HR - 25 "Fair" tax bill
October 10, 2007 1:46pm CST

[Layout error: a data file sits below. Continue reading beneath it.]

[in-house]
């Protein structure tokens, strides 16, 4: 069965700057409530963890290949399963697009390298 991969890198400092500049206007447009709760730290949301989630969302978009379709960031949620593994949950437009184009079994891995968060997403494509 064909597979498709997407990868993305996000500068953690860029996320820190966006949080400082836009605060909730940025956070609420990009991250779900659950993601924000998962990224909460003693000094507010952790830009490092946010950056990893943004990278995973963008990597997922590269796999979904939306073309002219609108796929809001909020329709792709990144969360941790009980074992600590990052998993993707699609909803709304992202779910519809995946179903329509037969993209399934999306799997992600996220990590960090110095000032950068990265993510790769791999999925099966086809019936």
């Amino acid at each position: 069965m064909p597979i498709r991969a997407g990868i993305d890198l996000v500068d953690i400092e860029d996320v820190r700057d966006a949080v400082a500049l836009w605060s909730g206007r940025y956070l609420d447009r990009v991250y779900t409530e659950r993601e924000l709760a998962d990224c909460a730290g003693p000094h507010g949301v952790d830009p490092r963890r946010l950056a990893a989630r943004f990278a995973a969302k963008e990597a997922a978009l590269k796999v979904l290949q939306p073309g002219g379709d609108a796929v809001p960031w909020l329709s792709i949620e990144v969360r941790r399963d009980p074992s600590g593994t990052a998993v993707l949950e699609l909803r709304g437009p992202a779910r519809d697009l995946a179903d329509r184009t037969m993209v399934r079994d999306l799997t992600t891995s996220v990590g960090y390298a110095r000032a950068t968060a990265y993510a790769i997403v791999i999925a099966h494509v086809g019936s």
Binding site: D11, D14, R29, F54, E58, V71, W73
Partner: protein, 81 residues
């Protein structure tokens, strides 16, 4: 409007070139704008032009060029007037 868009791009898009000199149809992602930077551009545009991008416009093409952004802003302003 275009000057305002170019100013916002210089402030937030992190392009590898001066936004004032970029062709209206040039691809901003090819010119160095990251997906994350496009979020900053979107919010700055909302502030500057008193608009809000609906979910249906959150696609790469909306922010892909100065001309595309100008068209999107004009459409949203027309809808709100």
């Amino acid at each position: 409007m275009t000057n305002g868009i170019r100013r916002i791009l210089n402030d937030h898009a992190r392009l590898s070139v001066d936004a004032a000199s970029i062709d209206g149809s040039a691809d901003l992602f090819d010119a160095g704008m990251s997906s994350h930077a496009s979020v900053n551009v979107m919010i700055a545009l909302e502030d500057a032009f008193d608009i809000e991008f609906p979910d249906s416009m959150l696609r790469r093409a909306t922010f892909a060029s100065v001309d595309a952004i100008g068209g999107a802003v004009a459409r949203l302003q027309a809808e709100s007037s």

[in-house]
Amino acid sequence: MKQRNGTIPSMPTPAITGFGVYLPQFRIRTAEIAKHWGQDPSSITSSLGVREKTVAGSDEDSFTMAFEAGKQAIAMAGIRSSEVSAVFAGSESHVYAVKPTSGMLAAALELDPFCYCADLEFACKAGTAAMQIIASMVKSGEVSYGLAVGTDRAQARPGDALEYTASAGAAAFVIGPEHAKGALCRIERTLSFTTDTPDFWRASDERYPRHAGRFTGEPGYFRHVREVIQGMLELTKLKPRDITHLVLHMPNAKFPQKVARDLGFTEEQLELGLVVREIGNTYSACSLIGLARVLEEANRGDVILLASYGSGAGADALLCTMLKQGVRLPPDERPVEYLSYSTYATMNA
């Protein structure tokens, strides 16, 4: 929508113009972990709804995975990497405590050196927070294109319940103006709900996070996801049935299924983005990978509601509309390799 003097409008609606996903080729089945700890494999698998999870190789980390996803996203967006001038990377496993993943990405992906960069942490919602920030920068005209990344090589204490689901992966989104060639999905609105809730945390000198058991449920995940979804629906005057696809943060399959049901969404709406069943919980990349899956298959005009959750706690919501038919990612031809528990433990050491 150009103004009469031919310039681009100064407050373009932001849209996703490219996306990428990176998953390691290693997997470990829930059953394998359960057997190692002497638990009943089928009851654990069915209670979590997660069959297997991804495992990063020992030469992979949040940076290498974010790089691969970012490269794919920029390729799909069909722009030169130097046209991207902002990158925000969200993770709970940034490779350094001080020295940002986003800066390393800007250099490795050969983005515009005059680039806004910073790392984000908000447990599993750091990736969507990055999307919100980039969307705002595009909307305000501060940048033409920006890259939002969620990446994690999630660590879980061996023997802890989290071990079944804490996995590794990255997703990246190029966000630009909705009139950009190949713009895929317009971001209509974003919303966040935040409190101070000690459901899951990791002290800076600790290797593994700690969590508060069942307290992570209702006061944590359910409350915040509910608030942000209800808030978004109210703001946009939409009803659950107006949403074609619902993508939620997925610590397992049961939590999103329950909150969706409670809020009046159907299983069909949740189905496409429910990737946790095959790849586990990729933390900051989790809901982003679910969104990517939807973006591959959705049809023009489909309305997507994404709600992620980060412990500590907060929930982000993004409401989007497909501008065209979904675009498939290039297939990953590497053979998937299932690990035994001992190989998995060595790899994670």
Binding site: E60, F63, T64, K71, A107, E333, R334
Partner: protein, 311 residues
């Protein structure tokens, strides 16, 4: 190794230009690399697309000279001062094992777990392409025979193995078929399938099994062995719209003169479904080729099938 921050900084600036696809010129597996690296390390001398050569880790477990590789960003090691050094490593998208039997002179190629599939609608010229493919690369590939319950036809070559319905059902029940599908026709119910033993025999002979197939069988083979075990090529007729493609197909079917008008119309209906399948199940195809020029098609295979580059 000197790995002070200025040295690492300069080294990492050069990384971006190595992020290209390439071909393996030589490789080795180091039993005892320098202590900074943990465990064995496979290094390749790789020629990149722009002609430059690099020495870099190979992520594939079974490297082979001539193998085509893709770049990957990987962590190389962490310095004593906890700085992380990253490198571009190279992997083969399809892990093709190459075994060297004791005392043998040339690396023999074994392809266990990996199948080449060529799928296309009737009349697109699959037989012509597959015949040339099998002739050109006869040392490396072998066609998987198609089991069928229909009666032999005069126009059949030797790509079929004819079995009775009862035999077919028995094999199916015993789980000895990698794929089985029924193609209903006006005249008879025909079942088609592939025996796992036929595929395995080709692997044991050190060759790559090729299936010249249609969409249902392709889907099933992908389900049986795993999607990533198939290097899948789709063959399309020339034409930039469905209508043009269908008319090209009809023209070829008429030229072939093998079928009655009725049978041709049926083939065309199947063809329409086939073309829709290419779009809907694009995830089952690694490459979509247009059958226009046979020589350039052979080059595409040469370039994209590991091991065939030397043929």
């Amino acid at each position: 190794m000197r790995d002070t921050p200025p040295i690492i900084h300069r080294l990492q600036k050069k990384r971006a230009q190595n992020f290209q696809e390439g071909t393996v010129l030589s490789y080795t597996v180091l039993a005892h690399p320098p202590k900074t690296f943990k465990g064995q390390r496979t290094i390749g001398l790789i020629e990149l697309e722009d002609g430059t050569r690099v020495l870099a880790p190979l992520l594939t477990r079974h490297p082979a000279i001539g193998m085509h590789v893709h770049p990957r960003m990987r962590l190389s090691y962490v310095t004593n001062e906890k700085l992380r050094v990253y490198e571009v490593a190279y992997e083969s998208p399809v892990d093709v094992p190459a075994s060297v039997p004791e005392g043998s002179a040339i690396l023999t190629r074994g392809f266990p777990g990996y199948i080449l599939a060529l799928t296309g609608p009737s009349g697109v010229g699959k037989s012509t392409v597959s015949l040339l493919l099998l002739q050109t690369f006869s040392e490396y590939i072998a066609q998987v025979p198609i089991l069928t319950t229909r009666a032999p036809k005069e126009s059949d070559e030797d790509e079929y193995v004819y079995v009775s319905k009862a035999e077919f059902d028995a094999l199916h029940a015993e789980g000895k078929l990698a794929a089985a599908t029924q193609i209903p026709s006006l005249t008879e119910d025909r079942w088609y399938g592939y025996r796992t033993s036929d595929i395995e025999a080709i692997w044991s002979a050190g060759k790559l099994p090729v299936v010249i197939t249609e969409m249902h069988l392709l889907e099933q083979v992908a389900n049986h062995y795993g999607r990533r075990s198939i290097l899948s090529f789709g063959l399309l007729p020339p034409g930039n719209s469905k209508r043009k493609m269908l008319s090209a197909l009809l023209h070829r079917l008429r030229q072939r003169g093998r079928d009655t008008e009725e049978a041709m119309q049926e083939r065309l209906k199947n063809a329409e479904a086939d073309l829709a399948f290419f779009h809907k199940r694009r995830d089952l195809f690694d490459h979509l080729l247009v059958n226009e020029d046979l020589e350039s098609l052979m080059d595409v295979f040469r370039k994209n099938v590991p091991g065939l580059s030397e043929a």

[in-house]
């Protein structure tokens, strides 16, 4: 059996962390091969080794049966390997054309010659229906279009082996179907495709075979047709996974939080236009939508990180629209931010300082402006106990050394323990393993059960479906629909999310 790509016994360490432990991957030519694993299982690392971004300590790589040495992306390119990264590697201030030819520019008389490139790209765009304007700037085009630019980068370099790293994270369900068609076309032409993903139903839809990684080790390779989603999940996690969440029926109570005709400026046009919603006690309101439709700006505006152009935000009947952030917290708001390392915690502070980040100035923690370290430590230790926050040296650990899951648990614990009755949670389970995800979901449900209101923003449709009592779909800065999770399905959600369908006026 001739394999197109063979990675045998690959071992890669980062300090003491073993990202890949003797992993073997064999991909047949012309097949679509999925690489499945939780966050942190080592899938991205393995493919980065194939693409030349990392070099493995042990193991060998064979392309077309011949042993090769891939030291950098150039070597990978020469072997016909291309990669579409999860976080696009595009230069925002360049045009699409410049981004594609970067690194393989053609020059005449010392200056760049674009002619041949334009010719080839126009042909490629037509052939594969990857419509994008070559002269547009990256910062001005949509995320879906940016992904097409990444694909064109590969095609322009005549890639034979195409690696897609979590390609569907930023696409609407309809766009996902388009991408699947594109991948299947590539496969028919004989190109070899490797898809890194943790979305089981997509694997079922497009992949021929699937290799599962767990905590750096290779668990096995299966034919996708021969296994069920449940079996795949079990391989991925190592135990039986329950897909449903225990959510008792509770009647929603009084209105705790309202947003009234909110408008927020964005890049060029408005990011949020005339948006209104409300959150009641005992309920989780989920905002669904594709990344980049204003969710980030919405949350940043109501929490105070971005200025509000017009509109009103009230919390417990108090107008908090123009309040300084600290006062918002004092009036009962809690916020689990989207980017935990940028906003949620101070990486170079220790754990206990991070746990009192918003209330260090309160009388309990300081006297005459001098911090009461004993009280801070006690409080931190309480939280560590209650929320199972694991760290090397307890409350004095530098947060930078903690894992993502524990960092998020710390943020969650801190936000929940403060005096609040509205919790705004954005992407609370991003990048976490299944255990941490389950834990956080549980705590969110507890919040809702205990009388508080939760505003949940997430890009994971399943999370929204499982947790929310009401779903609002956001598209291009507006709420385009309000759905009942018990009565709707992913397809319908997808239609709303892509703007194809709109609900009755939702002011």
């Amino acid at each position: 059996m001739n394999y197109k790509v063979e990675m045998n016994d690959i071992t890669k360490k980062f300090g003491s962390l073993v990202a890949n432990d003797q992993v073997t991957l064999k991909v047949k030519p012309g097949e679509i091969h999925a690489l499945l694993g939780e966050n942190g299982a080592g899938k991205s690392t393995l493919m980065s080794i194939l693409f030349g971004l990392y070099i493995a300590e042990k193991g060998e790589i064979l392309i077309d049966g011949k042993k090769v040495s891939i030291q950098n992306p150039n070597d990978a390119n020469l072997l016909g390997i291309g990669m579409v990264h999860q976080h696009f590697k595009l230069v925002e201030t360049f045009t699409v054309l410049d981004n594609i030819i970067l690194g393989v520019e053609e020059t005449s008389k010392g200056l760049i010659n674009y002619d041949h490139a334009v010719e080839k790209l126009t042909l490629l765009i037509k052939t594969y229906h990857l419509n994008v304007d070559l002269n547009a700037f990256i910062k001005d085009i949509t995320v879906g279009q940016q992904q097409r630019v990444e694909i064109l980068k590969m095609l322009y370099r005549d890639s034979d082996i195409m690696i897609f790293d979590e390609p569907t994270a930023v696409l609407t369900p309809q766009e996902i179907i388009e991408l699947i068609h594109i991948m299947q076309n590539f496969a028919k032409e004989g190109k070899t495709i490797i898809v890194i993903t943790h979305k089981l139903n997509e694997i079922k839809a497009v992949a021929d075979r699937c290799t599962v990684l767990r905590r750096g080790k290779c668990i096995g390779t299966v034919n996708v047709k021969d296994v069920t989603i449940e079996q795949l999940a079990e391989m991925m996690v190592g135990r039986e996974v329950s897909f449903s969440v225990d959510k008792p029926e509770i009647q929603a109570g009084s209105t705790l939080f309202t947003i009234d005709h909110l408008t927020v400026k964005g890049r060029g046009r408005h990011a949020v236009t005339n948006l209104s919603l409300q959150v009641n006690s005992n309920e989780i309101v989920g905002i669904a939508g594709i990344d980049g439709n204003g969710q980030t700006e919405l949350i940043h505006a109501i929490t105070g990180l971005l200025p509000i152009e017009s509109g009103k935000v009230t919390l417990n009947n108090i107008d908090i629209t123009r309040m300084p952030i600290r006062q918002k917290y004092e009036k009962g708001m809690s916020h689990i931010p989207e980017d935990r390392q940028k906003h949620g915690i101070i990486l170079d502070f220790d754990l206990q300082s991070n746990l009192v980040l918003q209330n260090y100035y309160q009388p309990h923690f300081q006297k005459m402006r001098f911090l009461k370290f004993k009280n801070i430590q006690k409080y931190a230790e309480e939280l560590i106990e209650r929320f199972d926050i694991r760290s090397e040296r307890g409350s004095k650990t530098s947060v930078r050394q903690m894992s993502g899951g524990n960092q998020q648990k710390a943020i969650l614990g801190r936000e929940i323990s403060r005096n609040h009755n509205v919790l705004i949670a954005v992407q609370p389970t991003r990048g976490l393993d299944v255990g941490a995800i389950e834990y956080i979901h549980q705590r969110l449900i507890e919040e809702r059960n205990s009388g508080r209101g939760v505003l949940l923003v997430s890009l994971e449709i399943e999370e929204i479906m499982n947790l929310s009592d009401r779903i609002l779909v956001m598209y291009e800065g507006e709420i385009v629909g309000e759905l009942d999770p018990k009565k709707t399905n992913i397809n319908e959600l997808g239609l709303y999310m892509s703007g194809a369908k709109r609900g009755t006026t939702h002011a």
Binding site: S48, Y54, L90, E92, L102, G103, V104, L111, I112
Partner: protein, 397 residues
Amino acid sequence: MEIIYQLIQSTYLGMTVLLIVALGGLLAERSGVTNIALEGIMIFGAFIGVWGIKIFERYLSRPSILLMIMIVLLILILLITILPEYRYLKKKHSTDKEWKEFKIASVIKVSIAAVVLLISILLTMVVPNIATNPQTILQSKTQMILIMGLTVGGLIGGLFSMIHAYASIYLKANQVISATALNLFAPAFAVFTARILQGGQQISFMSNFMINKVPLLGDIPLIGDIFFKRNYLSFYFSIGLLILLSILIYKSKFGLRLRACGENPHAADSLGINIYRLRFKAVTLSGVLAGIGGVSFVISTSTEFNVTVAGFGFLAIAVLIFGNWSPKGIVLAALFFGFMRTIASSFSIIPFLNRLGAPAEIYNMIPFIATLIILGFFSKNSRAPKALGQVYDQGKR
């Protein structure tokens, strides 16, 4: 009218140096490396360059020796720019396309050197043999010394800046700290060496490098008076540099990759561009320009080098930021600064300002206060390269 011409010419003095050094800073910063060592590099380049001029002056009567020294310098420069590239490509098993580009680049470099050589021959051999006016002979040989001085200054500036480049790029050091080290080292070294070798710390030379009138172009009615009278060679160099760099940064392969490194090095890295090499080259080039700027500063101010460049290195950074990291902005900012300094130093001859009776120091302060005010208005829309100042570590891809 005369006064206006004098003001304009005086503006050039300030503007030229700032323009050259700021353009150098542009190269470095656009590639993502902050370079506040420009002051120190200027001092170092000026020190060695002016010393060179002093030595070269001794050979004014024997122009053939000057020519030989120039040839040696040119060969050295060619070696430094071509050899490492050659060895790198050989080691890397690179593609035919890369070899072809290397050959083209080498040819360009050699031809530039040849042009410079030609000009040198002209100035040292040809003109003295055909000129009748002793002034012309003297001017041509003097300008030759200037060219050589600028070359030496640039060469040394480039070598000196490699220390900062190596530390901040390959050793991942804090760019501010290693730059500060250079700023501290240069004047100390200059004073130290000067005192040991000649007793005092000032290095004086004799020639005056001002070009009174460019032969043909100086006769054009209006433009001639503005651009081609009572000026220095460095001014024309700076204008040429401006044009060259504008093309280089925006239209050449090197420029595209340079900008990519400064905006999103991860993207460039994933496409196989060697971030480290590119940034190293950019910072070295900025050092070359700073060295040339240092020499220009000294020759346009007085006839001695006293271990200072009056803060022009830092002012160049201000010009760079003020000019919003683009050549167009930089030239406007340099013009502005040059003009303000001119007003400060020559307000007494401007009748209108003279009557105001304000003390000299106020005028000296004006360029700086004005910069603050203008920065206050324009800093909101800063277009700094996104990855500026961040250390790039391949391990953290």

This morning I received an email from my Congressmen regarding the "Fair Tax" bill that he cosponsored HR - 25. While I do not like our current income tax system; this "Fair" tax bill does not seem to be much better. The only real benefit I see is no income tax filing would be required at the Federal level. I personally see a lot of problems with this proposal if it passes and I do not feel that it is really "fair". It benefits people who make little to no income and penalizes people who earn money and then spend that money. It promotes buying "used" which is good for the environment; but not good for jobs. It gives business ZERO taxes - anything purchased for business use is exempt; so only individuals are taxed. Here is the text of the email; so you can tell me what YOU think about this "fair tax" proposal. " Thank you for contacting me regarding our Nation's tax code. I sincerely appreciate the benefit of your views. Our Nation's tax system is fundamentally flawed. The onerous tax burden and the complicated tax code punish all self-sufficient Americans who work, save, travel, purchase, and invest-in fact practically every activity is taxed at some point-which leaves all of us frustrated and struggling to get ahead. Last year, 100% of the income the average American earned from January 1st to April 18th (108 days) went to pay taxes. That equates to 3 hours and 19 minutes of each working day just to pay our tax burden. Furthermore, each year Americans devote 6.4 billion hours complying with the tax code, which is more time than it takes to produce every car, truck and van made in the United States. I am a cosponsor of H.R. 25. I strongly believe Fair Tax reform will unlock individual wealth potential and fairly distribute the tax burden among all members of society. Essentially, the fair tax abolishes the federal income tax system, and replaces it with a consumption tax rate at 23%. The Fair Tax will allow you to keep the 43% of tax from your paycheck (15.3% in payroll taxes, plus an average of 28% for federal income tax) that you currently send to the federal government in Washington. Instead, you pay only a 23% consumption tax each time you purchase a new good or service for your own personal consumption above the federal poverty level. However, if you choose to purchase used goods, used car, used home, and used clothing you do not pay the Fair Tax. Additionally, if, as a business owner, you purchase something strictly for business purposes, you pay no consumption tax. Therefore, in deciding what to purchase, you get to choose whether or not you will pay the federal consumption tax. To ensure that no American will pay tax on necessities, the Fair Tax plan provides a prepaid, monthly rebate for every household to cover the 23% consumption tax spent on necessities up to the federal poverty level. This completely eliminates taxation of the poor, and lowers the tax burden on everyone else. At this 23% rate, the Fair Tax will pay for all current government operations, including Social Security and Medicare. Given that consumption is more constant than income, government revenues will be even more stable than they are now. "